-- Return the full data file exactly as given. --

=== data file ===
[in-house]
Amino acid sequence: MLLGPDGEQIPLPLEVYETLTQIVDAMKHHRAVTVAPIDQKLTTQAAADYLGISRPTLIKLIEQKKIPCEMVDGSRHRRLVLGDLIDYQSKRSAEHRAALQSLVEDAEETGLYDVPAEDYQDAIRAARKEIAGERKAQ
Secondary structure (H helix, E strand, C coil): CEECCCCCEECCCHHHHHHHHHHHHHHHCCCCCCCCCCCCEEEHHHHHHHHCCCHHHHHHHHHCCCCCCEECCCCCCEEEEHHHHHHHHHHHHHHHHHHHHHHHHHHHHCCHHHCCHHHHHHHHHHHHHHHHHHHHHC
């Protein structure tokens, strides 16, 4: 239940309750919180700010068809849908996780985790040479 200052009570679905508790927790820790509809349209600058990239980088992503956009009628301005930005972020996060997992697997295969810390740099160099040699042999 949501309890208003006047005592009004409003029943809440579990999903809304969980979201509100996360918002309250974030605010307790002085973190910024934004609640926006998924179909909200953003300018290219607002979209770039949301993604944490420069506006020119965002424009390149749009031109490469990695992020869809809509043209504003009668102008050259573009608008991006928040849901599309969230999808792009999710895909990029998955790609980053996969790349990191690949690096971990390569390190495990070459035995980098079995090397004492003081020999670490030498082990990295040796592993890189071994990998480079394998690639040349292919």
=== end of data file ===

[in-house]
Amino acid sequence: MLLGPDGEQIPLPLEVYETLTQIVDAMKHHRAVTVAPIDQKLTTQAAADYLGISRPTLIKLIEQKKIPCEMVDGSRHRRLVLGDLIDYQSKRSAEHRAALQSLVEDAEETGLYDVPAEDYQDAIRAARKEIAGERKAQ
Secondary structure (H helix, E strand, C coil): CEECCCCCEECCCHHHHHHHHHHHHHHHCCCCCCCCCCCCEEEHHHHHHHHCCCHHHHHHHHHCCCCCCEECCCCCCEEEEHHHHHHHHHHHHHHHHHHHHHHHHHHHHCCHHHCCHHHHHHHHHHHHHHHHHHHHHC
């Protein structure tokens, strides 16, 4: 239940309750919180700010068809849908996780985790040479 200052009570679905508790927790820790509809349209600058990239980088992503956009009628301005930005972020996060997992697997295969810390740099160099040699042999 949501309890208003006047005592009004409003029943809440579990999903809304969980979201509100996360918002309250974030605010307790002085973190910024934004609640926006998924179909909200953003300018290219607002979209770039949301993604944490420069506006020119965002424009390149749009031109490469990695992020869809809509043209504003009668102008050259573009608008991006928040849901599309969230999808792009999710895909990029998955790609980053996969790349990191690949690096971990390569390190495990070459035995980098079995090397004492003081020999670490030498082990990295040796592993890189071994990998480079394998690639040349292919």